Editorial: Open government: Ella, Dan and John

Once upon a time, Gov. Ella T. Grasso signed into law Connecticut’s pioneering Freedom of Information Act, which established an independent Freedom of Information Commission. This state was in the forefront of the post-Watergate movement for open government. “Secrecy in government is inherently inconsistent with a true democracy,” the General Assembly declared at the time. “The people … do not give their public servants the right to decide what is good for them to know.”

But that was long ago, in 1975.


Op-Ed: More Government Power To Keep Truth Under Wraps

The people's right to know is, like "the spirit of scientific inquiry," a "search for the truth," wrote Herbert Brucker in his 1949 groundbreaking book "Freedom of Information."

The highly regarded Hartford Courant editor and journalism educator has been credited with coining the phrase "freedom of information." Every state now has freedom of information statutes.


UConn Foundation Butts Up against Freedom of Information Act

The University of Connecticut Foundation, which has raised hundreds of millions of dollars from private donors, should be considered a public agency under the state’s Freedom of Information Act, advocates argued at a legislative hearing, according to the Hartford Courant.

The Courant story reports on a bill in the state house that would make the UConn Foundation subject to the same disclosure requirements as regular government agencies and require that its books be inspected by Connecticut’s Auditors of Public Accounts.


Probation Officers Seek To Keep Personal Information From Inmates

Probation officers asked lawmakers Wednesday to consider preventing the release of their employment records to people who are under court supervision or incarcerated in the state’s prisons.

Several officers testified at a hearing of the Government Administration and Elections Committee, which has raised a bill that would add an exemption to the Freedom of Information Act for probation officers, shielding their personnel and medical records from inmates and people under court supervision.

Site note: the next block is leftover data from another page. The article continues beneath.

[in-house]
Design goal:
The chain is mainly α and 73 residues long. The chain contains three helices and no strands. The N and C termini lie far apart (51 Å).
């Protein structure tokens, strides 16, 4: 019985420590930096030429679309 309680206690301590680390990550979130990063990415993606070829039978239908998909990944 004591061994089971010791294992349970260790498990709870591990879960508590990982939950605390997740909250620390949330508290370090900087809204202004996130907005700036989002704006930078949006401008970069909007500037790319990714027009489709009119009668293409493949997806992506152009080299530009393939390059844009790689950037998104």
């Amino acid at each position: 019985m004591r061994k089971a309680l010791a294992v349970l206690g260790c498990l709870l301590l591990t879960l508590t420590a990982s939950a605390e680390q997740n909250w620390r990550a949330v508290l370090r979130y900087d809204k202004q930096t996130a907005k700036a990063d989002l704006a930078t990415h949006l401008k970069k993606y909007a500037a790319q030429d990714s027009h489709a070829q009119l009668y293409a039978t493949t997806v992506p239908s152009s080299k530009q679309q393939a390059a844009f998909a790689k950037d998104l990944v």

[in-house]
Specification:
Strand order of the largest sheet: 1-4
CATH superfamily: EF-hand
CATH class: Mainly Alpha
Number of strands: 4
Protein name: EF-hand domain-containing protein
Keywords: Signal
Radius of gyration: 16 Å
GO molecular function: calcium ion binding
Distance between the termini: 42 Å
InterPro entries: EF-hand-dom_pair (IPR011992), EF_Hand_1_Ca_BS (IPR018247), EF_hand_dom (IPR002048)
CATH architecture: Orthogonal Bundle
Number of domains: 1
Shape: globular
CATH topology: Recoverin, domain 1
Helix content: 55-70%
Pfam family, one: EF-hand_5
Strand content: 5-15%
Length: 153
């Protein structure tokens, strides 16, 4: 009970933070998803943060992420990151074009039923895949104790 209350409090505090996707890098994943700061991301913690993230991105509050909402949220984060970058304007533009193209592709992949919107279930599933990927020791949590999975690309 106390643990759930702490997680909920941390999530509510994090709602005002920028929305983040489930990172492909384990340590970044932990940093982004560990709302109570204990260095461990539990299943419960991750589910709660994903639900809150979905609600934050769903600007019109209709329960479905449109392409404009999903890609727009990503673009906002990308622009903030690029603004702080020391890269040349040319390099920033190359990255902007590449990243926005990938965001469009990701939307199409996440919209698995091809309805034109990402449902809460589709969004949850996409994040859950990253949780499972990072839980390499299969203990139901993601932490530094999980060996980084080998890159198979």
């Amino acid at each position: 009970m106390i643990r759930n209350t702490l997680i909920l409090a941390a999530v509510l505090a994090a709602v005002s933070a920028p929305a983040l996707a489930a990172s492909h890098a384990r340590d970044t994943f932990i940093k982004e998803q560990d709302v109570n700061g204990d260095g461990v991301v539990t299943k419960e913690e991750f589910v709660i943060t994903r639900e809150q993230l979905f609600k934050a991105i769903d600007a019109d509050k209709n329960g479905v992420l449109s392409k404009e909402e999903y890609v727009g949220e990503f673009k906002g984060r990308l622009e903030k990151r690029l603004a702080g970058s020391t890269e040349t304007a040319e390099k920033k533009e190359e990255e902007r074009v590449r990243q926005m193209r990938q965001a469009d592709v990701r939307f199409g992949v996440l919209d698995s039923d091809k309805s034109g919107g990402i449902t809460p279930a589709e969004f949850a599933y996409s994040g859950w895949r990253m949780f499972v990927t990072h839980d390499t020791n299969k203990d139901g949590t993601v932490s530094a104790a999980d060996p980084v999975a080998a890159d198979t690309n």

State gets ‘F’ for lack of public info on medical care

Connecticut is one of 41 states to earn a failing grade from health advocates for lacking public information about the quality of care provided by doctors.

"Consumers should be able to find out if their local primary care physician is delivering good quality care without having to go through hoops," said Francois de Brantes, executive director of the Health Care Incentives Improvement Institute in Newtown, which published the report. "Connecticut has no public reporting of physician quality."


Editorial: Connecticut should repeal law that weakens FOIA

During the legislative session that begins Thursday, Connecticut’s General Assembly will consider whether to uphold, repeal, scale back or expand exemptions to the state’s Freedom of Information Act that the Assembly recklessly passed last June.

Let us be abundantly clear: The legislature should repeal the exemptions and restore the Freedom of Information Act to its original, best-in-the-nation form, which was passed unanimously by the legislature and signed into law by Gov. Ella T. Grasso in 1975.


ED: Lining Up To Keep More Things Secret From The Public

Well, no surprise here. Now that the General Assembly has needlessly weakened the state's Freedom of Information Act, a variety of interest groups want to carve out exemptions to the law for themselves.

In a word, no. Bad idea. The public ought to be able to copy public records and attend public meetings and know what public officials are doing. Residents of Connecticut have given lawmakers no reason to weaken the FOI. The solons shouldn't have done it last year, and they shouldn't do it again.


Connecticut’s State website to be updated so more user-interactive and business-friendly

The state of Connecticut’s official website will soon undergo a major modernization process under a self-funded plan that is intended to “increase usability, customer service, transparency and access for its visitors,” according to Gov. Dannel P. Malloy.

Shelton-Ct.govWebsiteLogoThe website, www.ct.gov, operates as a portal to every agency in state government and was created almost 20 years ago.